Turning the tables

Like those scientific experiments in which investigators sometimes wonder if the observation of a phenomenon mysteriously influences the result, news stories have a way of changing before an observer’s very eyes.

That’s what happened to Stephen James’ cover story in this issue (see “The night they pulled me over,”). What started out as one kind of news story—about three women awaiting a criminal trial for an incident that began as a routine traffic stop—turned into something very different less than a week before it was scheduled to appear. Jury selection in the trial, James recalls, was supposed to begin on March 25, some 10 months after the original arrests. “But the case was abruptly dropped on March 14,” he noted, “apparently shortly after I left a message on the voice mail of the deputy DA handling the case.”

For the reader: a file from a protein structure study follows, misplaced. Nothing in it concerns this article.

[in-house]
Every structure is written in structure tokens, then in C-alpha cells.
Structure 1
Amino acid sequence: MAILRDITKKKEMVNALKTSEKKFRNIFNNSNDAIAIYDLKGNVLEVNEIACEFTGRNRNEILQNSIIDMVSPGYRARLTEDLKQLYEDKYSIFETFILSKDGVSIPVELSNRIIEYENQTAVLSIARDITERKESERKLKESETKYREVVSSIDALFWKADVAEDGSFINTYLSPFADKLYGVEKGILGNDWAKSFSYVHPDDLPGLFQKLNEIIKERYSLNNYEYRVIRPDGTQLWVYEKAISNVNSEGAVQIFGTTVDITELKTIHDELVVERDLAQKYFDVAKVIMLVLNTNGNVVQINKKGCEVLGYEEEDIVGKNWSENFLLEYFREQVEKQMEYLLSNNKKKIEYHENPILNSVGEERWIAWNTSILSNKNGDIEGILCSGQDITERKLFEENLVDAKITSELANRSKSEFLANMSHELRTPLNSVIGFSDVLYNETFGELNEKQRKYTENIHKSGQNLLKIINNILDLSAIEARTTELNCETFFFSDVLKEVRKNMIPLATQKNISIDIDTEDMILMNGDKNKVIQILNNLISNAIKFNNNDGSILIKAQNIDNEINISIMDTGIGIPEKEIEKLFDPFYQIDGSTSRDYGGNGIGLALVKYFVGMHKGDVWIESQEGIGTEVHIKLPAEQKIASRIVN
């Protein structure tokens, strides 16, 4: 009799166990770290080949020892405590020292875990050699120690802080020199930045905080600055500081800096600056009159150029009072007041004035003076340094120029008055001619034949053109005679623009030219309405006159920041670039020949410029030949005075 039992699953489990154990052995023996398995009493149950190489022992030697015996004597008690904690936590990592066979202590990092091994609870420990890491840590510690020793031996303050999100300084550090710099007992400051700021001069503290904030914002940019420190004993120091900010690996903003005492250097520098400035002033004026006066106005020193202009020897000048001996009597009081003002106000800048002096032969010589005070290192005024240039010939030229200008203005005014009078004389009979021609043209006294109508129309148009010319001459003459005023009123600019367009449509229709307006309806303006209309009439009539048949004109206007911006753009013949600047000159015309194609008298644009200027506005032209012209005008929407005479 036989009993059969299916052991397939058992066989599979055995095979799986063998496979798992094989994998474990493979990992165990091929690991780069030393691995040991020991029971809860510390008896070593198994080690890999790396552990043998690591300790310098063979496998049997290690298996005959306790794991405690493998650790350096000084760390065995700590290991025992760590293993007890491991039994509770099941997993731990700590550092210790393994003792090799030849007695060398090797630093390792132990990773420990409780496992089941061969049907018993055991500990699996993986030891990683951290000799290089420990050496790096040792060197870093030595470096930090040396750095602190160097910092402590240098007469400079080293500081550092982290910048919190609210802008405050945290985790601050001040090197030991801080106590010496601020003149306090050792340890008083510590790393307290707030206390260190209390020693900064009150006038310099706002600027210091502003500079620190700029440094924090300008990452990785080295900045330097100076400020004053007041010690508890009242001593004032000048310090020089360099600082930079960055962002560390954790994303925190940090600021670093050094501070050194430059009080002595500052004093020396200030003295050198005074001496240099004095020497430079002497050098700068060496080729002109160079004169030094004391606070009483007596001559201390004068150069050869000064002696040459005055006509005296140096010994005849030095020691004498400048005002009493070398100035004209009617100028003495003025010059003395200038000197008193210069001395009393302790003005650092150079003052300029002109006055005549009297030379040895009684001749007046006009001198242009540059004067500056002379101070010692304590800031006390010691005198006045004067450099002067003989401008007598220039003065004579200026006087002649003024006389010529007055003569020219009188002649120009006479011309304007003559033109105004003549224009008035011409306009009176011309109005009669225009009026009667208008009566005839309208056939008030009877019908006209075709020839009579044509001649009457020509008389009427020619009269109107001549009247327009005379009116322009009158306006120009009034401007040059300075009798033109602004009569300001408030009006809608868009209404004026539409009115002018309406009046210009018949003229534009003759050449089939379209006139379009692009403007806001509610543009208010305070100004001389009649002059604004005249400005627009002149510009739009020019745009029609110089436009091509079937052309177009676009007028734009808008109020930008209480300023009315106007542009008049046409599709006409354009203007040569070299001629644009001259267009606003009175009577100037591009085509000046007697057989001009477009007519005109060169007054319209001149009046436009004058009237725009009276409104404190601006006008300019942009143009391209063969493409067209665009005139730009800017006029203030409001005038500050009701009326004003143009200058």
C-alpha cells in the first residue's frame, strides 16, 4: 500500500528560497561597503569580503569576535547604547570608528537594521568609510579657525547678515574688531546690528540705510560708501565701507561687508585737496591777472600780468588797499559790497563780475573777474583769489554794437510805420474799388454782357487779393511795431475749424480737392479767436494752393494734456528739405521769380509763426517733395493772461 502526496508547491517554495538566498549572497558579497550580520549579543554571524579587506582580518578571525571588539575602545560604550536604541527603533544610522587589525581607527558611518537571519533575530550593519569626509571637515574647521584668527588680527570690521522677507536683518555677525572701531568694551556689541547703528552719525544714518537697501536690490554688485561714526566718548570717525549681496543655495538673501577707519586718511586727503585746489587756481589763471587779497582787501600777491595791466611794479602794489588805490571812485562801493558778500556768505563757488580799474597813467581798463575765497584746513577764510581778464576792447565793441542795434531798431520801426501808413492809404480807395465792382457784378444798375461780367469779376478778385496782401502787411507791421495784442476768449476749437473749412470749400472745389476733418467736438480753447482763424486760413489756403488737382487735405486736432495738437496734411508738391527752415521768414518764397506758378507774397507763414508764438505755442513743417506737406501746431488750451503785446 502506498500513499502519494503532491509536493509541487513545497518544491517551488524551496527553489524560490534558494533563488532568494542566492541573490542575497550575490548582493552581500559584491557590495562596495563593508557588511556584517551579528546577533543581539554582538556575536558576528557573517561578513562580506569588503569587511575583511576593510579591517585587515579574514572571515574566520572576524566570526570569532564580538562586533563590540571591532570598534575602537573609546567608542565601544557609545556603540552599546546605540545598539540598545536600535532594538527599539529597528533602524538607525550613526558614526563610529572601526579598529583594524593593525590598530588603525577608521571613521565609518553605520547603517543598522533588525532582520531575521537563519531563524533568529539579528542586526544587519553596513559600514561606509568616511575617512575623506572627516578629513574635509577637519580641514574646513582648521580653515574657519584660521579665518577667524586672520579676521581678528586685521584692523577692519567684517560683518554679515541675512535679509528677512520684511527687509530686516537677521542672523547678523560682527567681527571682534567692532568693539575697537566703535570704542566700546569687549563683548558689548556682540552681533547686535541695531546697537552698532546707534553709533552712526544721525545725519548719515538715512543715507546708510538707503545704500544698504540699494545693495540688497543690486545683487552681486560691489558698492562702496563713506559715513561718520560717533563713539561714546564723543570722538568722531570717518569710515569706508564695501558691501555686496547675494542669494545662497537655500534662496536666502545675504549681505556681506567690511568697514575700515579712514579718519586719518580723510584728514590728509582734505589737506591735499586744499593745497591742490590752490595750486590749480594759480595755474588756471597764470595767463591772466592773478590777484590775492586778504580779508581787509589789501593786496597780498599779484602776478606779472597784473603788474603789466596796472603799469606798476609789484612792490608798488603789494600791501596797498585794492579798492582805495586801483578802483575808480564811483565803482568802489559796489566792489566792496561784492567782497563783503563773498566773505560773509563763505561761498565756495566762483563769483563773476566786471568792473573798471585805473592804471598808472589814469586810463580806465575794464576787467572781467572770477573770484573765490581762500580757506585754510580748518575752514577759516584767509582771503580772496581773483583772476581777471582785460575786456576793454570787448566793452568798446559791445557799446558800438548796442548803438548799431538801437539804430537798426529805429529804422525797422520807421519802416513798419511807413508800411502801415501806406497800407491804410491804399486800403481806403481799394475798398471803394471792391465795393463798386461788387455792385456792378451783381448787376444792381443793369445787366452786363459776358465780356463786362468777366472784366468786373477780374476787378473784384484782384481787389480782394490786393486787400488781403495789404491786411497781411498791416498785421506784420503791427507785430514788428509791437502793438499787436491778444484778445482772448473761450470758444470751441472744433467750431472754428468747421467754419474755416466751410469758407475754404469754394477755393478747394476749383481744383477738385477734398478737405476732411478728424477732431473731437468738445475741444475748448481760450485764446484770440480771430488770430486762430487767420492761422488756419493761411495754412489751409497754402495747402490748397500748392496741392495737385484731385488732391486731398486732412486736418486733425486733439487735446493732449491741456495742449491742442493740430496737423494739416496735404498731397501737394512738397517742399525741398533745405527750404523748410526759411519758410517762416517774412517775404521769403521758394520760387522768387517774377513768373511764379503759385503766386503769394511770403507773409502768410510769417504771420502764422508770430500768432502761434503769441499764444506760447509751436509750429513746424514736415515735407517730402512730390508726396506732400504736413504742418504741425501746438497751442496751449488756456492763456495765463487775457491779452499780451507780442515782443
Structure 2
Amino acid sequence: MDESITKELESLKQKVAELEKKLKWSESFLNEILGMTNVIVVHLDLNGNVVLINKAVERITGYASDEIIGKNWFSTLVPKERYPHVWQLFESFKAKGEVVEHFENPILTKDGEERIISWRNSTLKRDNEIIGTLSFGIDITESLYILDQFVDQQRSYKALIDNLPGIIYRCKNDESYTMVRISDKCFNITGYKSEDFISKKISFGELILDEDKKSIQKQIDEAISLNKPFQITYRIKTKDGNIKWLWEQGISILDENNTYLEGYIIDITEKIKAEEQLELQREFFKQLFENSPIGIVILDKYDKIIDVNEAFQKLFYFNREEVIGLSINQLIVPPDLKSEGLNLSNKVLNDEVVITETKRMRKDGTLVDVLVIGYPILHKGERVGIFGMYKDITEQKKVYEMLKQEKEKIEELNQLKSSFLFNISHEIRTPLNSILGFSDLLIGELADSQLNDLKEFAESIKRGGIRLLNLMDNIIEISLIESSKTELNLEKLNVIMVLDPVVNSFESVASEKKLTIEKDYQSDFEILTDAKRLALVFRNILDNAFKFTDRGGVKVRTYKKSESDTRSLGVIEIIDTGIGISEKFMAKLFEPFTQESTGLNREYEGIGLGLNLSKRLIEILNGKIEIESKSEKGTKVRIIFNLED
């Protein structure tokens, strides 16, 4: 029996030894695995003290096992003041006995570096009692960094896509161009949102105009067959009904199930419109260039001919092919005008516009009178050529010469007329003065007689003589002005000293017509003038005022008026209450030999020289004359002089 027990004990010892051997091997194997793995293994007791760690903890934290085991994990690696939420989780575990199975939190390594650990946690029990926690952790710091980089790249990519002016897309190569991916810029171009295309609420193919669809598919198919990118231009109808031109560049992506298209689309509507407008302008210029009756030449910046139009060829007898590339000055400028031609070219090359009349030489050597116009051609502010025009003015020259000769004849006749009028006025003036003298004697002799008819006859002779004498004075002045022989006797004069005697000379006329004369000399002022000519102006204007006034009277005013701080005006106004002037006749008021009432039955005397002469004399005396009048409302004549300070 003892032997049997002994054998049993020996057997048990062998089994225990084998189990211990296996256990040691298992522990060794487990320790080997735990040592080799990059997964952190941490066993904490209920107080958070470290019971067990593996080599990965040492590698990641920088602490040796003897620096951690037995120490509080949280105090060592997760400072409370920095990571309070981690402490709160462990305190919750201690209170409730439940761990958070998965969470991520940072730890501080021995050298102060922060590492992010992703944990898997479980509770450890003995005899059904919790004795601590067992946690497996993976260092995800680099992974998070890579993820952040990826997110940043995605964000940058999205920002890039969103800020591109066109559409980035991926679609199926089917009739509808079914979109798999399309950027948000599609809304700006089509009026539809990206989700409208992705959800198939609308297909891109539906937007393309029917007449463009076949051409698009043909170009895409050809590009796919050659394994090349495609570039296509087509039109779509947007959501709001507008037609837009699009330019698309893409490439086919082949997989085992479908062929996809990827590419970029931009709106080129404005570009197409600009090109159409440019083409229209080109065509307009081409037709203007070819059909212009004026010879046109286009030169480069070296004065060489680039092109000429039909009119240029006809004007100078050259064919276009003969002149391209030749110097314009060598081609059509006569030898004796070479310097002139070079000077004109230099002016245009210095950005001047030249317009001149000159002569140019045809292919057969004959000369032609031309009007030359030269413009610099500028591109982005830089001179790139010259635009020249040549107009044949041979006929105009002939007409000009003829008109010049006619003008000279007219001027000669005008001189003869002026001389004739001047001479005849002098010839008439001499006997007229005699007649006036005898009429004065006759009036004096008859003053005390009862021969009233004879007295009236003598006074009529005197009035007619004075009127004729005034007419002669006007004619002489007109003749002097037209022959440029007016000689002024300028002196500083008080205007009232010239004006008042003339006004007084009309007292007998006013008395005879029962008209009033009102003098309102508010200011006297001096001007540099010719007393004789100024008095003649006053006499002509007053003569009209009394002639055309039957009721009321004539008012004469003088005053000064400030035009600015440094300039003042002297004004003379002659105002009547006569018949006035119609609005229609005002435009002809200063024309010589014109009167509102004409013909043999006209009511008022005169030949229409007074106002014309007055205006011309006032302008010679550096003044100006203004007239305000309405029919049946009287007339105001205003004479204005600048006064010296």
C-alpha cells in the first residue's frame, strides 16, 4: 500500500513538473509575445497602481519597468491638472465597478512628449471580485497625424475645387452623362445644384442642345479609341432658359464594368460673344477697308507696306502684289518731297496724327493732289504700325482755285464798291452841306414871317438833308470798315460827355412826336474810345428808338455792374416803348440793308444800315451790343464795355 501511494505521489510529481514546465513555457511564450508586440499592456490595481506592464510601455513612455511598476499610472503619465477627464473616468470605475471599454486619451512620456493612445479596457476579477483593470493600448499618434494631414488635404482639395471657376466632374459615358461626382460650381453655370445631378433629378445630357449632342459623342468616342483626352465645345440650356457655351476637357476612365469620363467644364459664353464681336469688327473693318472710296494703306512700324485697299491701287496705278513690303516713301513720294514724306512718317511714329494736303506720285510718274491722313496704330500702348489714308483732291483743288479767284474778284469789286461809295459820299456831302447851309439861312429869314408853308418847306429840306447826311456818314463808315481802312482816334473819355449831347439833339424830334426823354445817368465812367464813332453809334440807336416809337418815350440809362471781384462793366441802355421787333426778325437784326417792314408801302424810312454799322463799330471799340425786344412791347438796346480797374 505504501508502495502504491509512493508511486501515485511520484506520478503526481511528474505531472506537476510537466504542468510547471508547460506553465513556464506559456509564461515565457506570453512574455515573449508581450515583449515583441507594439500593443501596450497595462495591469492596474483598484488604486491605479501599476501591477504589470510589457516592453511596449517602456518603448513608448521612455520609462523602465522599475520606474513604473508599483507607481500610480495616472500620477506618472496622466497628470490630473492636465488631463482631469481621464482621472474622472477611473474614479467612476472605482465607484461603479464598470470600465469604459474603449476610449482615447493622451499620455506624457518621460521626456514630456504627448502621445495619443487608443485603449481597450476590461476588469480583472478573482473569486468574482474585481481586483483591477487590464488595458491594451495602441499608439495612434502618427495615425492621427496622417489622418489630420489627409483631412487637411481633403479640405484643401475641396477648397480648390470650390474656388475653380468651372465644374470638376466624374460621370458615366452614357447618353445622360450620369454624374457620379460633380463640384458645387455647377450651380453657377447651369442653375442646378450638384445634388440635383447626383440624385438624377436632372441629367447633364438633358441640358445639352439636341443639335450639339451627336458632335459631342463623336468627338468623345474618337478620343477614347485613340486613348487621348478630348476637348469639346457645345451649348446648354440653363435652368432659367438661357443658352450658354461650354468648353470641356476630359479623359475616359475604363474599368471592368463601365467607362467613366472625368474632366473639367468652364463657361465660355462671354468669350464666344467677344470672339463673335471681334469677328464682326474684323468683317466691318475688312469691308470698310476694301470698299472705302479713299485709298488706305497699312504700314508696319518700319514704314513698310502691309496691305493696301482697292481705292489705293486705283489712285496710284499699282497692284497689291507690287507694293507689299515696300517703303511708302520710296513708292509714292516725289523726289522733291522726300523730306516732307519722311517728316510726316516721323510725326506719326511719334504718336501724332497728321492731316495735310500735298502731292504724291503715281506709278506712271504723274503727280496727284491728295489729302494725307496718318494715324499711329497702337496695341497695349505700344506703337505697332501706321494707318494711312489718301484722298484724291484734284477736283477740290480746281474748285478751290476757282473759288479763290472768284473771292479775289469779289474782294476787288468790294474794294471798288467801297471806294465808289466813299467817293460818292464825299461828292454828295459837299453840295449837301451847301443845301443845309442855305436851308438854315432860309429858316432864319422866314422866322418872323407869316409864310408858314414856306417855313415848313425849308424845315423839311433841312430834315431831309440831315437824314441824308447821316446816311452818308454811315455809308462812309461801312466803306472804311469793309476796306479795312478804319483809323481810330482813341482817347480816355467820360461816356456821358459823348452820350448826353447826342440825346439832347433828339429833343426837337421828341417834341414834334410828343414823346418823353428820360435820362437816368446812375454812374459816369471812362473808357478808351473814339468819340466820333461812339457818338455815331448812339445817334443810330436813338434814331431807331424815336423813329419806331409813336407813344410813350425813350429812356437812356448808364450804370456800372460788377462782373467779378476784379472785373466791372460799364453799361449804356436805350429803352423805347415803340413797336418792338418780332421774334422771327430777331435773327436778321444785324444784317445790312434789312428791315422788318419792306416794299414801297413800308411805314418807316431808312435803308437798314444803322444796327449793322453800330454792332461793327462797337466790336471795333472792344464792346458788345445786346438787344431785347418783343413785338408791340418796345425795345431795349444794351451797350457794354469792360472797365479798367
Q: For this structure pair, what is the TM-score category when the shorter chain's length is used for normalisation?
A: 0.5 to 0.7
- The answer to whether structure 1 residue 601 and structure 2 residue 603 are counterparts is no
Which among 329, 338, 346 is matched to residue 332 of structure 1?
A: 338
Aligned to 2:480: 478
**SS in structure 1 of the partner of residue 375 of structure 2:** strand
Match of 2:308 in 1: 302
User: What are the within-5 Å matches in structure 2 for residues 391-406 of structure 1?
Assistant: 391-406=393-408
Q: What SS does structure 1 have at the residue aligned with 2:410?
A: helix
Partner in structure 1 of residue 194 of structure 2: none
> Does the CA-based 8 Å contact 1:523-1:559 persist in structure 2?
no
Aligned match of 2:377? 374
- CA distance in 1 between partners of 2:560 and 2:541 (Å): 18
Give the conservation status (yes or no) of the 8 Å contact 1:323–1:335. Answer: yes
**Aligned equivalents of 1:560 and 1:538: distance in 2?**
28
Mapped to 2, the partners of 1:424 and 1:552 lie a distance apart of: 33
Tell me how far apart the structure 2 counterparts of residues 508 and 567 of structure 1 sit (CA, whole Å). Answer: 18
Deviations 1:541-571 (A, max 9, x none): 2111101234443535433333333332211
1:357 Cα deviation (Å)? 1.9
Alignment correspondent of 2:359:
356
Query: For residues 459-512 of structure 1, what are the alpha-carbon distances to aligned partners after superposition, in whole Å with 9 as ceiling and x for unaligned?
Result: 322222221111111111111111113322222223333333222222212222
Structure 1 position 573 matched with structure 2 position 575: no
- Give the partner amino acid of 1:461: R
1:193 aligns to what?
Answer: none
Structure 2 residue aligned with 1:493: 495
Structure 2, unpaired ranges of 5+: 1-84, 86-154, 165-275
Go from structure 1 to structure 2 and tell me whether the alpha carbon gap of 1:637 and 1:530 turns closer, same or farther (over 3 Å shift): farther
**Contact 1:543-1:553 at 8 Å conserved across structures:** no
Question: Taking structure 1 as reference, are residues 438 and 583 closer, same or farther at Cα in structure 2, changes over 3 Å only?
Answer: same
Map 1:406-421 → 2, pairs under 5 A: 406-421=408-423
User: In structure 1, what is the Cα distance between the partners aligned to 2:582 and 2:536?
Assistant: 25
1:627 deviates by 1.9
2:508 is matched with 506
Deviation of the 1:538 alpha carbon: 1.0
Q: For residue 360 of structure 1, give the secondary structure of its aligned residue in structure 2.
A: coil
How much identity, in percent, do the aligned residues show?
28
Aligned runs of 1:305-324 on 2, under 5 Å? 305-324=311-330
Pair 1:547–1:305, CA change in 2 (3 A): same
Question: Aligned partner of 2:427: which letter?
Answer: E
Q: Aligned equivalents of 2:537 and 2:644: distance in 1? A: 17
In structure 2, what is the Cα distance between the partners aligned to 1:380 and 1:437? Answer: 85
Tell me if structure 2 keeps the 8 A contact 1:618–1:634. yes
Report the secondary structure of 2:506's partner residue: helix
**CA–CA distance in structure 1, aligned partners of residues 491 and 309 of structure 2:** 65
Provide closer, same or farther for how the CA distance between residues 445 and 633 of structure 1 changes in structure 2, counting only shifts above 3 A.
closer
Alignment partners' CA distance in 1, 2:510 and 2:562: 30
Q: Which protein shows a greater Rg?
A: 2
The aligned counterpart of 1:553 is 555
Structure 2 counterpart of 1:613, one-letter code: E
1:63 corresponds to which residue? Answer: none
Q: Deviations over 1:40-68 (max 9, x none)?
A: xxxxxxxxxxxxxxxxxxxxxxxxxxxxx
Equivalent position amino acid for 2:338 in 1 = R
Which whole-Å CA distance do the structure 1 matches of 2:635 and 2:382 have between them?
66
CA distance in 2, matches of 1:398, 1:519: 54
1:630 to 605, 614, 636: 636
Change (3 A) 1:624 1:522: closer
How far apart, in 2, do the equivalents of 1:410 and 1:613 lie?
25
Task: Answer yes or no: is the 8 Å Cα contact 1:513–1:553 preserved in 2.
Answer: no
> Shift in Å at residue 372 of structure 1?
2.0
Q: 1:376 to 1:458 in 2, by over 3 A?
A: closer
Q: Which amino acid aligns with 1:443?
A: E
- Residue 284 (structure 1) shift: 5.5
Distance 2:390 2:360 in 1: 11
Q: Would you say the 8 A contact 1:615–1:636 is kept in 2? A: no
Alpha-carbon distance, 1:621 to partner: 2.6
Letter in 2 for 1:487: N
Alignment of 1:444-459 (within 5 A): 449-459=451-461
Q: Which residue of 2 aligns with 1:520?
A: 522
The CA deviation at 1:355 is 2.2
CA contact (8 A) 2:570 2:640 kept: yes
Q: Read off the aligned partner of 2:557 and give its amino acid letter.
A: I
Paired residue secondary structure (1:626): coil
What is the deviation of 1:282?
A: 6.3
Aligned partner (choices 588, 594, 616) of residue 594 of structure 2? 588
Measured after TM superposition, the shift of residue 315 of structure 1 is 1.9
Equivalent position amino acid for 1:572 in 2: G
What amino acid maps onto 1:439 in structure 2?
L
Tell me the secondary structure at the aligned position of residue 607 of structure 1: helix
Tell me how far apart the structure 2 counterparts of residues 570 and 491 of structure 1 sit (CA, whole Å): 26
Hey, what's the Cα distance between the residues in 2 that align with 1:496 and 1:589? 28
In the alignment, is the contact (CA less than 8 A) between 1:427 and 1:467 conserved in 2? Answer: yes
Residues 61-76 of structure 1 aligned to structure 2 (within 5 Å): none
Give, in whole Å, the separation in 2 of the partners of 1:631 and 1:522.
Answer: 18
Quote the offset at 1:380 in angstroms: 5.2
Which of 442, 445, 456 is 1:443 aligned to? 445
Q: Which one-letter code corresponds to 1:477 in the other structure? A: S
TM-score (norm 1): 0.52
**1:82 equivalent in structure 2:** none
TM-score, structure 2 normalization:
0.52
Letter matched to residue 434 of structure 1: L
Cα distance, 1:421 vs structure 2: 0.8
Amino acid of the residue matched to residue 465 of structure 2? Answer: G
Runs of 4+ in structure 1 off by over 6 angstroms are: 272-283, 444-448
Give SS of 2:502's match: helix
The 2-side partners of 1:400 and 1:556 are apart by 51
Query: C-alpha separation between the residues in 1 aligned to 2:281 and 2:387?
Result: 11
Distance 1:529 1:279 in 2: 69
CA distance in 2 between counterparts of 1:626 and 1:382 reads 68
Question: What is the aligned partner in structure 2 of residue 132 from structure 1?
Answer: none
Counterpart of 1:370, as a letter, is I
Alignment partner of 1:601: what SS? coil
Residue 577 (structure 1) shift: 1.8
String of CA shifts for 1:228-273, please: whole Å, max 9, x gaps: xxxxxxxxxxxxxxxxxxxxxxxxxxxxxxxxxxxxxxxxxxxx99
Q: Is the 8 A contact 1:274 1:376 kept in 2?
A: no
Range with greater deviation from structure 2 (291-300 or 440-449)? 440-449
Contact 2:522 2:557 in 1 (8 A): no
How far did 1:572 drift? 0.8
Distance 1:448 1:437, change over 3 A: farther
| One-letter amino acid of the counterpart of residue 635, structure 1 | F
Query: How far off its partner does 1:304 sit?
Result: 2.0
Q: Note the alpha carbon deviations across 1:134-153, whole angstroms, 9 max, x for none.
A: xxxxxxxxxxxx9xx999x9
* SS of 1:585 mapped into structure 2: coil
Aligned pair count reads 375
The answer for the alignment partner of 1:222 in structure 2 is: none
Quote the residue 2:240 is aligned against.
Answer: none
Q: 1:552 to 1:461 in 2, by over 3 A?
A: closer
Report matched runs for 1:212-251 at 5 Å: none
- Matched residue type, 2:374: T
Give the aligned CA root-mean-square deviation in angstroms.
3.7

Though even we aren’t solipsistic enough to believe the specter of media attention was sufficient to cause the turnabout, it is curious to see how a story can evolve during its reporting. Now, the women are pressing charges by filing suit against the arresting officers, and the statements from eyewitnesses, police reports and court documents are expected to be brought forward in support of an entirely different set of allegations.

How all this will be resolved remains to be seen: Juries are likely to spend as much time contemplating conflicting testimony as they are empirical evidence in their search for truth. The same thing happens in journalism, wherein he-said, she-said stories lead to a kind of Rashomon effect that’s never as satisfying as one might like. Sometimes, the story, whether it’s in the courtroom, in the newspapers or out on the street, just keeps evolving.